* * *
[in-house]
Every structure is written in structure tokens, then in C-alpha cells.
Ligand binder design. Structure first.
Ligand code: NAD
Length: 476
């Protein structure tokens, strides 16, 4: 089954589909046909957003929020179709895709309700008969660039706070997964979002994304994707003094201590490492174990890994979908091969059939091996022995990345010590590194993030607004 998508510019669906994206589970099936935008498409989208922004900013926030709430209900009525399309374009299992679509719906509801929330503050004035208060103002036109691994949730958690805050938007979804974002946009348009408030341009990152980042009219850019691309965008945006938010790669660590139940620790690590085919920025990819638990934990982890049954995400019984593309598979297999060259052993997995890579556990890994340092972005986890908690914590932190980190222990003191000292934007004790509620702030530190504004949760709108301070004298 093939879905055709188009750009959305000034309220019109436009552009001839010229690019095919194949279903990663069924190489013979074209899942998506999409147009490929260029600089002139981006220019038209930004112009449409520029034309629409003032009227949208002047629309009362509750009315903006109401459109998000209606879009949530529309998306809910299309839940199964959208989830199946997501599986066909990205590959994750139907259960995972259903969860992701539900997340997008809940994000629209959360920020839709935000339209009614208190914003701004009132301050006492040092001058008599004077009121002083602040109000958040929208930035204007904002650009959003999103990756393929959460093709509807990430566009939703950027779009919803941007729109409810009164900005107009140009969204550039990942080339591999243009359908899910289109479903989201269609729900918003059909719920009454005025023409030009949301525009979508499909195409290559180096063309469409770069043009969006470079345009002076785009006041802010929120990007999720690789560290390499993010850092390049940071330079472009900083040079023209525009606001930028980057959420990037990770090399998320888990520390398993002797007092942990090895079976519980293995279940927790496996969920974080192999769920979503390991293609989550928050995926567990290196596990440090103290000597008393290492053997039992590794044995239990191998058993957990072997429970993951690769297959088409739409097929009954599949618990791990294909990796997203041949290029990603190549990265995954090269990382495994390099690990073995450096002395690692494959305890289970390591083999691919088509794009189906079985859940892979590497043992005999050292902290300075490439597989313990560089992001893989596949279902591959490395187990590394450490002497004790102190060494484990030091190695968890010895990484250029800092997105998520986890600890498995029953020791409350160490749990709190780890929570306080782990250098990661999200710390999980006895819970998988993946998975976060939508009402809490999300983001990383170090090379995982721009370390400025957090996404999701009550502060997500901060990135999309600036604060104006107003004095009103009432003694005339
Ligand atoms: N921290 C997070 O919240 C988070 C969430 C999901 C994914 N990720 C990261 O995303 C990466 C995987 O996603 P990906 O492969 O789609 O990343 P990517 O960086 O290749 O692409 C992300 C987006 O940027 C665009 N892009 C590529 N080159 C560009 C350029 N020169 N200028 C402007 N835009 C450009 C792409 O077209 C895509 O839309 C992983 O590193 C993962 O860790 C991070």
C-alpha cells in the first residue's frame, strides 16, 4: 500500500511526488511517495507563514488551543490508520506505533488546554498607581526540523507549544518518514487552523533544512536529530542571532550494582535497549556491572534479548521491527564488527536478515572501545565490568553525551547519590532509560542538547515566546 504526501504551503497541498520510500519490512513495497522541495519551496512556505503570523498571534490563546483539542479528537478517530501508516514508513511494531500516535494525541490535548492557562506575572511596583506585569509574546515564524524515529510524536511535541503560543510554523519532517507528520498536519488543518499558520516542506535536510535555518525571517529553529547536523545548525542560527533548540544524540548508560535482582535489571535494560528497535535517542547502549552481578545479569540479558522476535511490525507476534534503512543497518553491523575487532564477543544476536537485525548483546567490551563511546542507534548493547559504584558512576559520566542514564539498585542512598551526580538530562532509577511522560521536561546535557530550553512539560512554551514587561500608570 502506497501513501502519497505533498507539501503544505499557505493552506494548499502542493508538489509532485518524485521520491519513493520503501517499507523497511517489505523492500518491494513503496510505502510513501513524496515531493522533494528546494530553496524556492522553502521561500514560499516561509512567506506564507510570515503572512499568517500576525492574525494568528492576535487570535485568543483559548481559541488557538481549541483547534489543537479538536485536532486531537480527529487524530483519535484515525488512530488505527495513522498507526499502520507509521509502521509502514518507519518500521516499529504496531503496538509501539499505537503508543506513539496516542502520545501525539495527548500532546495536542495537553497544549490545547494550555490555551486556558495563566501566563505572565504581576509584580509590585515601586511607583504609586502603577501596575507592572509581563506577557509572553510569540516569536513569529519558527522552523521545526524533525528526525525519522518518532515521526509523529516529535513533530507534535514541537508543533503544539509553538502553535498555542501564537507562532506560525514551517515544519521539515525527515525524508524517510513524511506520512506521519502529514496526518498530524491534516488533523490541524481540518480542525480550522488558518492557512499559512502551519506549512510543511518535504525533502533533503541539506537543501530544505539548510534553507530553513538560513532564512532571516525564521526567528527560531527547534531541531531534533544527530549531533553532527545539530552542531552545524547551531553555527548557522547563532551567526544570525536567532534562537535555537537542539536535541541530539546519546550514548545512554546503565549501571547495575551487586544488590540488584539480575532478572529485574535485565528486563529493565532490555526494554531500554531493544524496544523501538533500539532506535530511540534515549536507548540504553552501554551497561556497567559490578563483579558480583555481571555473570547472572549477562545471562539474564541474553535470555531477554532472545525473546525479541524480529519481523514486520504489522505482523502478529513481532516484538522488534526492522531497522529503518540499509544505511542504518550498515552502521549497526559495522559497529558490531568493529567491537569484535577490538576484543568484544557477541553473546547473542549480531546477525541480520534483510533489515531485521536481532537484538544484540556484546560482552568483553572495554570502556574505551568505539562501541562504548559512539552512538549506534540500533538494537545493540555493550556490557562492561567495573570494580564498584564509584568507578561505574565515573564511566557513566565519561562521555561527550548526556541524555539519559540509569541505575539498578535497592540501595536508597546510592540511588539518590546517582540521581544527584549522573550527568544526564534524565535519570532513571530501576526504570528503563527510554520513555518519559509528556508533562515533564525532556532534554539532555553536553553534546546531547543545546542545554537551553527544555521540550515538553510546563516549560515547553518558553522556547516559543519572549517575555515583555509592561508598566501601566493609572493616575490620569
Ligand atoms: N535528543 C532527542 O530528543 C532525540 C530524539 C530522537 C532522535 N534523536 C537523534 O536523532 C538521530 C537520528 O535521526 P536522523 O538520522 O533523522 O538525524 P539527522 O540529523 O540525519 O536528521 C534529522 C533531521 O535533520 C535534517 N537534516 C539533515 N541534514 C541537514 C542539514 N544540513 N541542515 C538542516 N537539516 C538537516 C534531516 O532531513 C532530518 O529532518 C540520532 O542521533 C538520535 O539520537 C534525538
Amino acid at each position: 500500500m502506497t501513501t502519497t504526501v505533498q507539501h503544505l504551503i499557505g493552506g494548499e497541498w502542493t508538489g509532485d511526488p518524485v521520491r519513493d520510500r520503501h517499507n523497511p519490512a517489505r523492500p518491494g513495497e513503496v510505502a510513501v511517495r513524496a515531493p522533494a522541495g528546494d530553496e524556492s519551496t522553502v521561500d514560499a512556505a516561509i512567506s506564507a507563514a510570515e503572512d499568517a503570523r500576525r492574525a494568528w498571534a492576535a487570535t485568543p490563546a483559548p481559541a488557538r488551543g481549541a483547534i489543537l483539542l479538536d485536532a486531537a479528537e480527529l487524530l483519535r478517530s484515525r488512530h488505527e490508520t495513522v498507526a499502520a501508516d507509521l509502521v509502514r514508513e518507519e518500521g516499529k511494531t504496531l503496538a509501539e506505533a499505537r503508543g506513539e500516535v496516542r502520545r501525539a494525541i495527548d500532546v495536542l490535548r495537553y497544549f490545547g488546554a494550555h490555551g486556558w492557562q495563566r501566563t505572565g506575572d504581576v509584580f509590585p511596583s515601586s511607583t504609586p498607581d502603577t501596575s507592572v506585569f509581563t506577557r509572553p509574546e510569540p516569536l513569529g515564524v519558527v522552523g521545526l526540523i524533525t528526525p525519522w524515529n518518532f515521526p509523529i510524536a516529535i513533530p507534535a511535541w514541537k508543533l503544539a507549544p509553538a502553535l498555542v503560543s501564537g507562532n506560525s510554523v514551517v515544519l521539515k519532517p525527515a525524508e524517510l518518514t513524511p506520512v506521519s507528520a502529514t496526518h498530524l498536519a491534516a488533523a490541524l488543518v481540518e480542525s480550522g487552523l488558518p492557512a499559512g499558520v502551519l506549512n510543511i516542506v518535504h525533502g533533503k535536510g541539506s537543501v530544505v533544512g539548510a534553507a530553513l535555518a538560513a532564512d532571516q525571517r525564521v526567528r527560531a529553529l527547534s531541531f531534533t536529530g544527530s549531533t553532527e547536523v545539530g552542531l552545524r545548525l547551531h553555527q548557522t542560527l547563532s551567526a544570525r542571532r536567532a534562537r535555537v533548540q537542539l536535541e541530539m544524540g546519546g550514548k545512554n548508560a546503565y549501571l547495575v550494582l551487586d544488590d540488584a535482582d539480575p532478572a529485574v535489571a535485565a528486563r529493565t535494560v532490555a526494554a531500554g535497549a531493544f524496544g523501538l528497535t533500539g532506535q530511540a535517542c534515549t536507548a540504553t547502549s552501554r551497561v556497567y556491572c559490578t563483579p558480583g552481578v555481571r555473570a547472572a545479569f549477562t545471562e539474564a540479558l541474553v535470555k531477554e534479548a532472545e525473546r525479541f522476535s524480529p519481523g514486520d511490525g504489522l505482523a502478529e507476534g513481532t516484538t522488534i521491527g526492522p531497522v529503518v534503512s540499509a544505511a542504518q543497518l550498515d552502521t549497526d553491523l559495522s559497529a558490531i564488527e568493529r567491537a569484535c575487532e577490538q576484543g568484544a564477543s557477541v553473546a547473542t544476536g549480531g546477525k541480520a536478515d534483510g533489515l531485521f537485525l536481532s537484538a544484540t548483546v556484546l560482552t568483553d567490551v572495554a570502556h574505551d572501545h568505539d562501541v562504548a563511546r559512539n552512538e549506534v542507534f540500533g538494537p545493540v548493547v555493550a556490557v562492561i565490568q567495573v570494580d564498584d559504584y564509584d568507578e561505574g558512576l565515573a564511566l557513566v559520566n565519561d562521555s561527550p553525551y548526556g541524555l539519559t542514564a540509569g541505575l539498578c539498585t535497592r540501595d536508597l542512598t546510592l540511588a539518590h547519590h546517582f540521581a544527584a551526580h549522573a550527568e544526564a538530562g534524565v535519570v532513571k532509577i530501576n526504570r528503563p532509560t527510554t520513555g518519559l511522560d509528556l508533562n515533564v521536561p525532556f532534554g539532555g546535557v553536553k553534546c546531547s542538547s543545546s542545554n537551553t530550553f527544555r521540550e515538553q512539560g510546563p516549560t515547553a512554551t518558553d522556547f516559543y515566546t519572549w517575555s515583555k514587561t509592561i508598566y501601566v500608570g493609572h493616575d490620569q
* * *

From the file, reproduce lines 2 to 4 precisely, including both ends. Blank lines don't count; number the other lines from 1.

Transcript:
Every structure is written in structure tokens, then in C-alpha cells.
Ligand binder design. Structure first.
Ligand code: NAD